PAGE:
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Protestors Demand More Information About the Deaths of 16 In

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Protestors Demand More Information About the Deaths of 16 Inmates
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Protestors outside the Mississippi Dept. of Corrections
Desare Frazier

A group of protestors are calling on the Mississippi Department of Corrections to share what they know about the deaths of 16 inmates in their custody. MPB's Desare Frazier reports.

Chanting about injustice, protestors are outside the Mississippi Department of Corrections office in Jackson. They want more information released about the deaths of 16 inmates, all who died during the month of August. They carried banners and accused Commissioner Pelicia Hall of being responsible for their deaths. Adofo Minka is the organizer.

"It's a pretty strong thing where 16 people have died under your watch in one month alone and you go on the Media and say that these deaths are on par with the rate of deaths that's regularly within the MDOC and if that's really a true statement that she made that's a big problem in itself," said Minka.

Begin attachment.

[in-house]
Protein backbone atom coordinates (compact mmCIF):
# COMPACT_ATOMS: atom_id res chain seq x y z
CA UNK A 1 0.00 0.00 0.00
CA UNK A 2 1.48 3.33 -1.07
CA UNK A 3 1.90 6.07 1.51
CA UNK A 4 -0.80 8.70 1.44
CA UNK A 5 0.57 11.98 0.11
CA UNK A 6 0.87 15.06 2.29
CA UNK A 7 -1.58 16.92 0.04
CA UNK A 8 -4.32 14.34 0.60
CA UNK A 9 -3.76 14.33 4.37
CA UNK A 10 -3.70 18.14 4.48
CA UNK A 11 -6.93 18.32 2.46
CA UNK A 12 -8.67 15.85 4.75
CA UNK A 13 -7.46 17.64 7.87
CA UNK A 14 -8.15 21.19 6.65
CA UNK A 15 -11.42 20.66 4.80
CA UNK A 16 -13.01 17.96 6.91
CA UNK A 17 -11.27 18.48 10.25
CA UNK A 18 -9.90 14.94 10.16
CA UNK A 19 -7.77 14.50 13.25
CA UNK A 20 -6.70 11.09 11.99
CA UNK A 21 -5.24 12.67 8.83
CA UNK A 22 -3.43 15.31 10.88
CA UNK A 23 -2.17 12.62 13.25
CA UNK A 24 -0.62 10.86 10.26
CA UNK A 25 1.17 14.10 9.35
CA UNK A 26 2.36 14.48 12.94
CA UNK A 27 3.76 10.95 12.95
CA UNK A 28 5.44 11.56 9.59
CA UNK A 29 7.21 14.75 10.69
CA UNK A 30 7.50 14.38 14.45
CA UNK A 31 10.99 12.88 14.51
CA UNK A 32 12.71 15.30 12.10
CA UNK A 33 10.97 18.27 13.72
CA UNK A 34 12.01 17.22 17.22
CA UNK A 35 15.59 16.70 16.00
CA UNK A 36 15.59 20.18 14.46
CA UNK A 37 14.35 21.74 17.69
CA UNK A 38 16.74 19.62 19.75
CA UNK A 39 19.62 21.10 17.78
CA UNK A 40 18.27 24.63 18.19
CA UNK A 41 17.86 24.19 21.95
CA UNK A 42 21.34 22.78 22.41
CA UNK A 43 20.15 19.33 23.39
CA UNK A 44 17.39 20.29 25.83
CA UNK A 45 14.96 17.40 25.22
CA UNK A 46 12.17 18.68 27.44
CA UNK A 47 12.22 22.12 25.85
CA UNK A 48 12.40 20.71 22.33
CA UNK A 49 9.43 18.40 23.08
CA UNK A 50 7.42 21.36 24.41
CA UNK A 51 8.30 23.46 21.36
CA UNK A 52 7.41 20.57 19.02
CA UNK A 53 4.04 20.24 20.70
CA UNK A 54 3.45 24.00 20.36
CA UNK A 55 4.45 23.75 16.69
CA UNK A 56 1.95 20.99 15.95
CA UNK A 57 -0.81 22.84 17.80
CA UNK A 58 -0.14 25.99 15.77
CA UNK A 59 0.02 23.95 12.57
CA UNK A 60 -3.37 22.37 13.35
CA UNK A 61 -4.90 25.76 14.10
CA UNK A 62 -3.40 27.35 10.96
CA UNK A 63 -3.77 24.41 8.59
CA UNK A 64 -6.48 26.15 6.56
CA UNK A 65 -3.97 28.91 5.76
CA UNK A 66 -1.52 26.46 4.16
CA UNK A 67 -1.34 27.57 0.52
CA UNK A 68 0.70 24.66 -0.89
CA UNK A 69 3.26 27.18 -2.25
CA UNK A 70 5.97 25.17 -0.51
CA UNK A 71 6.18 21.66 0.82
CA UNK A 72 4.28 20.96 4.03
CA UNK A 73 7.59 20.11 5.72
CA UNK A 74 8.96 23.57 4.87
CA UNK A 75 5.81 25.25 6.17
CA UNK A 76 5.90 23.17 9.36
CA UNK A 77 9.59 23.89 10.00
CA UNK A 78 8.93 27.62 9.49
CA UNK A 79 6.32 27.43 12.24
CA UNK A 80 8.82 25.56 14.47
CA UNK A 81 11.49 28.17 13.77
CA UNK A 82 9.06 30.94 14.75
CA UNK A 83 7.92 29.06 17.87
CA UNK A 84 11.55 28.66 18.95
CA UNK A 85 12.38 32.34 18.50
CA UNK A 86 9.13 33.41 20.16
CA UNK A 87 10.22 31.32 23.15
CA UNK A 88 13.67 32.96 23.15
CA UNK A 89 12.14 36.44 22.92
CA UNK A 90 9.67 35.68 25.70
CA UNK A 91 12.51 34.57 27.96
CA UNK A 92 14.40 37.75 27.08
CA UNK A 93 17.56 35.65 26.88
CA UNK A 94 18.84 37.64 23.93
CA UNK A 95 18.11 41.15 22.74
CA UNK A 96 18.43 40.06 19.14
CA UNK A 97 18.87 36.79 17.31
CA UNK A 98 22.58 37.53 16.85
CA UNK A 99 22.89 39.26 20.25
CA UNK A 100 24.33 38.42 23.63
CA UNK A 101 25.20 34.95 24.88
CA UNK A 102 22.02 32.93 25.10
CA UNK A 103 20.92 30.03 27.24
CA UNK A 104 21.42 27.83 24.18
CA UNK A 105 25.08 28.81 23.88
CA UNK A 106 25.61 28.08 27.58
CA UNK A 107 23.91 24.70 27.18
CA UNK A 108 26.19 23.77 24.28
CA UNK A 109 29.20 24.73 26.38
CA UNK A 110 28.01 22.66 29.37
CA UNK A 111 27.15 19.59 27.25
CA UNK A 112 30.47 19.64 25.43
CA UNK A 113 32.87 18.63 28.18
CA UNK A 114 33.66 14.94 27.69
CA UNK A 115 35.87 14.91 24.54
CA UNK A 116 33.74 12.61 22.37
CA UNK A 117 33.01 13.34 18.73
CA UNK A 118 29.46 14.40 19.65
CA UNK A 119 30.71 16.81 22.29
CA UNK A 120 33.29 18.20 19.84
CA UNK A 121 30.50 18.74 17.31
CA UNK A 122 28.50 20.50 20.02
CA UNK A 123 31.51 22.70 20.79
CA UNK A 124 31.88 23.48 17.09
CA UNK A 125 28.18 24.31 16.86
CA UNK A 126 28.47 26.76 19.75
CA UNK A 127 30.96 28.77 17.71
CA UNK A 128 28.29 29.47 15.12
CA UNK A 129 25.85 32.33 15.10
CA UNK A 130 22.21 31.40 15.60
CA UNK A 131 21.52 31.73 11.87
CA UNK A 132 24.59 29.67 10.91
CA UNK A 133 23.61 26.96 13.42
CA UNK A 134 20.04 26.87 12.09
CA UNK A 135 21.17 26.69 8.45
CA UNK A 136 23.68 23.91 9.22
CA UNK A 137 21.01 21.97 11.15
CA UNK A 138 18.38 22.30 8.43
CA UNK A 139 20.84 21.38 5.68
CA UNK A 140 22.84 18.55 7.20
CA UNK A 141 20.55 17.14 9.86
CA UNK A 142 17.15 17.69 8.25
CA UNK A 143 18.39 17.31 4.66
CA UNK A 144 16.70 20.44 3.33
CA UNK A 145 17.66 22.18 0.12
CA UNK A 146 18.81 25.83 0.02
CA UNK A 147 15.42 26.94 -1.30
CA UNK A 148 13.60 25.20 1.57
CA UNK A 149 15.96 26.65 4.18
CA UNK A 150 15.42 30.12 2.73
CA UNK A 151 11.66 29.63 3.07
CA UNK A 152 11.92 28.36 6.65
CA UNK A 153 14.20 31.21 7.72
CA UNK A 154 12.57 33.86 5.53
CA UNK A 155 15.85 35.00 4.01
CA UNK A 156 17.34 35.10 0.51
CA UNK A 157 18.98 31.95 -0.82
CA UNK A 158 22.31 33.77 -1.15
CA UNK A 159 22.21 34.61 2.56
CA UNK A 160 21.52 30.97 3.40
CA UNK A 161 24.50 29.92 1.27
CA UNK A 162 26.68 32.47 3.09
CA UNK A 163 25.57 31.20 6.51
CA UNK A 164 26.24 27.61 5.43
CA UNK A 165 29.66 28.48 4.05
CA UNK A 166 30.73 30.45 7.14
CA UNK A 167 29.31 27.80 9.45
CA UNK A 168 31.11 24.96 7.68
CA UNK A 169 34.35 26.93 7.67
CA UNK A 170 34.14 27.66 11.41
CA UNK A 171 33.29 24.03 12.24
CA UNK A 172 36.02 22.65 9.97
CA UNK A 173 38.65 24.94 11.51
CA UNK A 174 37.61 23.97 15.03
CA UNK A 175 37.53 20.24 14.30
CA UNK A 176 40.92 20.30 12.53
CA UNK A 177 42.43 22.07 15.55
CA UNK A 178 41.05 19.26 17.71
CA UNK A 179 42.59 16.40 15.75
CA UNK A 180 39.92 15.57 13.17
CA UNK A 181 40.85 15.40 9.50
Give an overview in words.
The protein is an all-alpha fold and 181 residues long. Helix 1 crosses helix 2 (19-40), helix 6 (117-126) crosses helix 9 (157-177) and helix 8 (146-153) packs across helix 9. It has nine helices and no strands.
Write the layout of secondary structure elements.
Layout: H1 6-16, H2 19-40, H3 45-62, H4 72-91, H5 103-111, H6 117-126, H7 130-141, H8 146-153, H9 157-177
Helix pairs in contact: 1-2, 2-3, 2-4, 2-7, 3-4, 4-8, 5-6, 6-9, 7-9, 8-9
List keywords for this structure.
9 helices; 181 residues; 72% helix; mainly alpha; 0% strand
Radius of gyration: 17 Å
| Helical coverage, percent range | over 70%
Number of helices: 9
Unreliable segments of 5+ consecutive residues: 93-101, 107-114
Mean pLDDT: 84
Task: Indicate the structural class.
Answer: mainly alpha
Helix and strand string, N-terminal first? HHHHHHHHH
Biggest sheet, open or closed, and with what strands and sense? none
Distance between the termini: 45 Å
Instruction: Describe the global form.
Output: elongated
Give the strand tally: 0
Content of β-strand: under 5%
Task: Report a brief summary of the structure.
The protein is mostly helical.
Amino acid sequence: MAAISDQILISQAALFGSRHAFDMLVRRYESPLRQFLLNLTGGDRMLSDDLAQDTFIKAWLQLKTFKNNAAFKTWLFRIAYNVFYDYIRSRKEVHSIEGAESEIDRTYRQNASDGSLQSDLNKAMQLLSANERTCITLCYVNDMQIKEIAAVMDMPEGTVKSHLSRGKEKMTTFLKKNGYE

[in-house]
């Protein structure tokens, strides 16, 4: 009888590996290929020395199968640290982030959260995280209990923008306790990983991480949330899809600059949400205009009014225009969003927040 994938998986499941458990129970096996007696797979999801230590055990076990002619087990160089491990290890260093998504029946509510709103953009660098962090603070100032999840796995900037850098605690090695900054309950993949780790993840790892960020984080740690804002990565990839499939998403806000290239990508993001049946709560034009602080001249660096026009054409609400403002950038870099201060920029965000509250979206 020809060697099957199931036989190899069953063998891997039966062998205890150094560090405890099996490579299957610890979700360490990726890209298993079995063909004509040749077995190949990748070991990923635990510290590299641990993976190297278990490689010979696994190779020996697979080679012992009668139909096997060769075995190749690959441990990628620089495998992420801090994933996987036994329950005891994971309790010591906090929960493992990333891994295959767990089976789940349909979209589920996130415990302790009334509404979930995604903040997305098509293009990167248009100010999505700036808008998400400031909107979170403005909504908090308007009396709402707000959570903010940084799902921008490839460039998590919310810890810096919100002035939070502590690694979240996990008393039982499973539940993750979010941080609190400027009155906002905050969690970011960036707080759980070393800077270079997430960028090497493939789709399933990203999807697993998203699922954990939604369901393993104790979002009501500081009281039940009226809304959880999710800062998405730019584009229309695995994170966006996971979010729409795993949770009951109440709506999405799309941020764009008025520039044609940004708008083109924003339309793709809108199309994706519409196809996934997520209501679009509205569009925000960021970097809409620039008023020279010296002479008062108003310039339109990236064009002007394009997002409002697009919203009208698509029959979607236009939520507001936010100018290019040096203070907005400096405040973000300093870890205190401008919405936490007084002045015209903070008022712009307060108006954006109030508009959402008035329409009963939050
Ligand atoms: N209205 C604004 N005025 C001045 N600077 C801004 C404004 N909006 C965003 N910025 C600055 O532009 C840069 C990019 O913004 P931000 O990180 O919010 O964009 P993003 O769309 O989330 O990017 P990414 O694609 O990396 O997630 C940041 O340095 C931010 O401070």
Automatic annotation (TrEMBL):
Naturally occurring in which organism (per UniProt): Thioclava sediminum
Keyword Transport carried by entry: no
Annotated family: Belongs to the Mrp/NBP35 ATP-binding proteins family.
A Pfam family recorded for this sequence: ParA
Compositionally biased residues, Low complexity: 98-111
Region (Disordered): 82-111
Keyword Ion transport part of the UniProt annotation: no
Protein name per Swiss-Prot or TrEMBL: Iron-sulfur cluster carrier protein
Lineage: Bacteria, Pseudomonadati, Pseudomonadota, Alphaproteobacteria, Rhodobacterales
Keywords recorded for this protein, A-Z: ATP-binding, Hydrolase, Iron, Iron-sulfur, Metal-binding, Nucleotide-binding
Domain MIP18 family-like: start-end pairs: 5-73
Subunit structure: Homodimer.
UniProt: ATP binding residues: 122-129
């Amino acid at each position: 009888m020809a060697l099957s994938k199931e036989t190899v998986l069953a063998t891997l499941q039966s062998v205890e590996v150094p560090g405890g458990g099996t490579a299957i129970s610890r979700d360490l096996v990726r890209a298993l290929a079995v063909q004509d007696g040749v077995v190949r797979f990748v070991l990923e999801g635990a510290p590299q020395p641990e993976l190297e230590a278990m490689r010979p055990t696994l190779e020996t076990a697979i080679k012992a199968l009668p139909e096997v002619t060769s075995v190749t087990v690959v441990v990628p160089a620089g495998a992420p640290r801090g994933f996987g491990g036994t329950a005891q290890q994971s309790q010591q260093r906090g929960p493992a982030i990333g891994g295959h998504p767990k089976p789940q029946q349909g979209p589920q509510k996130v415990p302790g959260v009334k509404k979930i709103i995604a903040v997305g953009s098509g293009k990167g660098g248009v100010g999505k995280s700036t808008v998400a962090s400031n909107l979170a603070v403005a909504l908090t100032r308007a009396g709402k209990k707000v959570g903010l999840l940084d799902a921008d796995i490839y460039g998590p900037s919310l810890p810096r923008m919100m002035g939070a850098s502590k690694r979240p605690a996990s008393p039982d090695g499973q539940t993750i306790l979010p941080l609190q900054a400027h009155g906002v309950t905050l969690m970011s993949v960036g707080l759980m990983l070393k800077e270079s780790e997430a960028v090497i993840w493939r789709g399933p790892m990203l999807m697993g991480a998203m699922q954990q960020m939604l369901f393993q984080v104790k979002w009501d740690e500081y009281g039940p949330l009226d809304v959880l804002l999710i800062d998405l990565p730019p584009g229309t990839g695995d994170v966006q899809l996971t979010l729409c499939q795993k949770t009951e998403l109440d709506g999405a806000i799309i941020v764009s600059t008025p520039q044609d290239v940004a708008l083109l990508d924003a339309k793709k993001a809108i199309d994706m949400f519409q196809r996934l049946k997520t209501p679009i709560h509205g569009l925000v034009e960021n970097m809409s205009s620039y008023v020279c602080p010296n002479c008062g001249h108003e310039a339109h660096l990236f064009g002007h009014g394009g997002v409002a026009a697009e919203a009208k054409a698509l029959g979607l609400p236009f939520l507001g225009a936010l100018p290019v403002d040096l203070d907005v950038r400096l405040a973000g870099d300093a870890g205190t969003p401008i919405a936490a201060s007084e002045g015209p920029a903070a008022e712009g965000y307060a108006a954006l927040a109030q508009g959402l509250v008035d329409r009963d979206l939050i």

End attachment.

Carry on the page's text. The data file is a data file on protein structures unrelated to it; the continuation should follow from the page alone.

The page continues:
Hall did say the department believes the majority of the deaths are from natural causes in that they include cancer, coronary and other medical conditions. She's asked the FBI and the state department of public safety to investigate the cases. Jody Owens with the Southern Poverty Law Center has sued the state over conditions in some prisons. They're in the midst of one now over the lack mental and medical care at the East Mississippi Correctional Facility.

"Far too often the healthcare is not substantive, it's not real. We've had thousands of clients tell us that they're trying to get medical attention and help unsuccessfully," said Owens.

Governor Phil Bryant recently talked about the issue.

"I don't think there's any conspiracy. I don't think there's any common thread. It is just a fact of life that people are going to pass away. We're going to do everything that we can to find out what's going on with each and every one of them," said Bryant.

Protestors asked to speak with the commissioner. Law enforcement told them they would have to make an appointment.